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Insurance companies stand to reap enormous competitive advantages from the growth of technology such as the Internet, but many insurers still have not positioned themselves to do so, a report says.

While a majority of insurers use the Internet, a significant percentage have no Internet strategy, according to a recent Conning & Co. study. Fifty-six insurers responded to the survey.

As a result, many insurers are missing out on opportunities to market their products and services, gain access to information on potential customers and establish links with their agents and brokers and other service providers, the Hartford, Conn.-based asset management and insurance research company said in its report.

"Even if they do not actually sell their products over the Internet, insurers need to capitalize on the Internet's business lead generation capabilities," the study said.

Furthermore, insurers should "create cost-effective and powerful internal intranets that present new capabilities for connectivity with organizations and with agents and business partners."

Conning's study focused on electronic commerce in the insurance industry and the Internet's role in that area. The study also reported on how technology is enabling insurers to outsource more of their internal functions to increase efficiency.

According to the study, electronic commerce, broadly defined, "involves the conduct of business using computers over digital networks and includes all intercompany and intracompany electronic functions that enable commerce-involving the transfer of information as well as business transactions."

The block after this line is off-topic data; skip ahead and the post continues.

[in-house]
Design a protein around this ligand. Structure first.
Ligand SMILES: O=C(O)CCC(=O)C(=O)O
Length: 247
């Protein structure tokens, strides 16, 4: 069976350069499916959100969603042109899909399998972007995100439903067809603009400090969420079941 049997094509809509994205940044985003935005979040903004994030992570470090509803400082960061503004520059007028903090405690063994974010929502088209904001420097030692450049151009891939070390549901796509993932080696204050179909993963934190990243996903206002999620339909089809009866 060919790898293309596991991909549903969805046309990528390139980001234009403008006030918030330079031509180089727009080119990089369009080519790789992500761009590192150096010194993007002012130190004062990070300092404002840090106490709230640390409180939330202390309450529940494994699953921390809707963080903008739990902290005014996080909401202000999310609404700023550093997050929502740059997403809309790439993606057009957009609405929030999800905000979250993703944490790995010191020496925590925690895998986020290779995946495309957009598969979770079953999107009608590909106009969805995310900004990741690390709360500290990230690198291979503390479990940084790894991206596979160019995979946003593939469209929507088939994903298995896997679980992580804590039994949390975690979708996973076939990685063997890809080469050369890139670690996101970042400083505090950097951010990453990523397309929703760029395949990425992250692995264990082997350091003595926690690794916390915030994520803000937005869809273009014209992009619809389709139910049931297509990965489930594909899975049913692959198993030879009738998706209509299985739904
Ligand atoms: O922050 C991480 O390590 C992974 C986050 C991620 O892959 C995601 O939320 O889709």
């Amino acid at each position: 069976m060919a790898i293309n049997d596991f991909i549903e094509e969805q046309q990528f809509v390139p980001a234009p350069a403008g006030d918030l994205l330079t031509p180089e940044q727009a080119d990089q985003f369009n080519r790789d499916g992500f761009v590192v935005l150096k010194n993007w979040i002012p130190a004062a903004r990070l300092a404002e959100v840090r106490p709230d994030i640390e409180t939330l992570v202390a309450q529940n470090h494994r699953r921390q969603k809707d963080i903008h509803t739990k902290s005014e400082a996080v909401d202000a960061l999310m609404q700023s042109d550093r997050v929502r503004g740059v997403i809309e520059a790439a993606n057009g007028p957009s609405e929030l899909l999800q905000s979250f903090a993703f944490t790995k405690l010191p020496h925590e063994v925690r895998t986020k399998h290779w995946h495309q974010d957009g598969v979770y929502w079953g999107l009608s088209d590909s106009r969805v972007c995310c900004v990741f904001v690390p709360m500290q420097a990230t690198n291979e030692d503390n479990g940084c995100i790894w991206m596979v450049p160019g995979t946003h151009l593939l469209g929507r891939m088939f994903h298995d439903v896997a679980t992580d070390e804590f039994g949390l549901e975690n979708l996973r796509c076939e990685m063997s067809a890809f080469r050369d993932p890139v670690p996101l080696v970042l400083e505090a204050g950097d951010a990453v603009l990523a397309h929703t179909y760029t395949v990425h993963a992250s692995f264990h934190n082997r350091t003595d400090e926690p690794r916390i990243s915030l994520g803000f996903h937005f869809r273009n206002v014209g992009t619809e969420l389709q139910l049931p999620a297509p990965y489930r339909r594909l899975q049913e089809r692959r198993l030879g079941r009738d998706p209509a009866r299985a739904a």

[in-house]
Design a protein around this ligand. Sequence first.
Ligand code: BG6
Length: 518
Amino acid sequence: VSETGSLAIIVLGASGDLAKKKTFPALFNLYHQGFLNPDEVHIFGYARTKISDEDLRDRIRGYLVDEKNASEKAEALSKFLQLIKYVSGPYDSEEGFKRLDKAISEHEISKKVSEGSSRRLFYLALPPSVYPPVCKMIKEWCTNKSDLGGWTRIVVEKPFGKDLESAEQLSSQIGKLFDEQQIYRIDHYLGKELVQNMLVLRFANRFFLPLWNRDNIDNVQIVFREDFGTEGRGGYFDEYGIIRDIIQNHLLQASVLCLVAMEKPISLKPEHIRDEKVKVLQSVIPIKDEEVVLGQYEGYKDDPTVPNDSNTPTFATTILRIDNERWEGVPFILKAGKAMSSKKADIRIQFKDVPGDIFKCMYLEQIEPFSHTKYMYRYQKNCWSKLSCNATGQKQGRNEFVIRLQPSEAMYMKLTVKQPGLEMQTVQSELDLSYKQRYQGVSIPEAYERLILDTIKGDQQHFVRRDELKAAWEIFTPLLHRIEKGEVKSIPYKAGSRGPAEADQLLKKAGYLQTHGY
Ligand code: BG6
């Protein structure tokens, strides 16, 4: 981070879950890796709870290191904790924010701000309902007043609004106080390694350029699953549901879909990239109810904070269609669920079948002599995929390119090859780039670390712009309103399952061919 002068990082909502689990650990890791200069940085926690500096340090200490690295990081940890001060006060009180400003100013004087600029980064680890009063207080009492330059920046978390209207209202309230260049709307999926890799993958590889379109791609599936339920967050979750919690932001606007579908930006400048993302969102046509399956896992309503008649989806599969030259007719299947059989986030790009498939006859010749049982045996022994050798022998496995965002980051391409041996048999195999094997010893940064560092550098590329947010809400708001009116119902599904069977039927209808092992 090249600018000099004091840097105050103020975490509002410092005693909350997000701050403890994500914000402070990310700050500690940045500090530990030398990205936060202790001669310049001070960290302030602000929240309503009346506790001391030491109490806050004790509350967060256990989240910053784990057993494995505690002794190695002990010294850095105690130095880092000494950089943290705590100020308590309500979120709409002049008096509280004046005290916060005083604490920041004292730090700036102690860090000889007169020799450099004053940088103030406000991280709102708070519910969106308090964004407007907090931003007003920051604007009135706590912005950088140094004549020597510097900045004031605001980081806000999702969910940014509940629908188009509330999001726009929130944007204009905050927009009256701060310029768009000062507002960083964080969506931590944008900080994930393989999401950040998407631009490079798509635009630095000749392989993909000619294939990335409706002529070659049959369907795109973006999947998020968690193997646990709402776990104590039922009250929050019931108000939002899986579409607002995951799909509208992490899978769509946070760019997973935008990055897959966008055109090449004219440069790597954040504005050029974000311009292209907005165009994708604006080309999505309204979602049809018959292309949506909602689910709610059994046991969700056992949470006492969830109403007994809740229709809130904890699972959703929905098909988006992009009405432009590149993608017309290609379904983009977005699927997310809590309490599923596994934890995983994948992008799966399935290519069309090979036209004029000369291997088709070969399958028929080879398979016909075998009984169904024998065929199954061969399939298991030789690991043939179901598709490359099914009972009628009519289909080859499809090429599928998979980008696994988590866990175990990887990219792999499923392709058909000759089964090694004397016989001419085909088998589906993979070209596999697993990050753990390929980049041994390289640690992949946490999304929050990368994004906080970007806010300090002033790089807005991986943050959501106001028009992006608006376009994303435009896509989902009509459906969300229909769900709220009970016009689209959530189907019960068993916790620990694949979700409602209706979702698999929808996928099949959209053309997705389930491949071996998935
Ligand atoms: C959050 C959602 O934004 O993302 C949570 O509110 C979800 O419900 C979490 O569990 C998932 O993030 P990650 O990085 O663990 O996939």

Electronic commerce encompasses various applications of technology, including agent/sales interface, claims processing, document management, administrative systems and the Internet.

The concept of selling insurance via the Internet's World Wide Web, though widely discussed, so far has been slow to take hold, Conning's study pointed out.

"It is clear that the Internet's current potential for electronic commerce lies more in facilitating sales and marketing-for example, by providing product information, generating prospects, etc.-than in actually closing sales," the study said.

"While transaction activity is likely to evolve, there is currently more searching for information on the Internet than actual selling and buying," according to the report.

"Sixty percent of insurance companies either have their own Web sites or are planning one, and almost one-third either have or are planning to develop intranets," Conning found in the study.

"However, this means 40% of insurers have no Internet plans. Given the relative ease of exploiting this new technology and its power, this is too high a proportion of 'no shows, " the report stated.

Companies that use intranets for internal communication have increased their efficiency by delivering information electronically and have achieved substantial savings in paper and printing costs, the study said. For example, electronic access to underwriting or marketing information removes the need to store duplicative printed materials.

Technology also has spurred the growth of outsourcing among insurers, Conning's study found.

Systems available today permit specialized vendors to take over services such as premium billing and claims administration, freeing the insurer to focus on other key areas of its business, according to the study.

Although technological innovations such as intranets and outsourcing can offer significant benefits, insurance companies must carefully consider their options and approach them strategically, Conning advised.

Copies of "Electronic Commerce and the Internet: A Whole New World," are available for $495 each from Conning & Co., CityPlace II, 185 Asylum St., Hartford, Conn. 06103; 203-527-1131.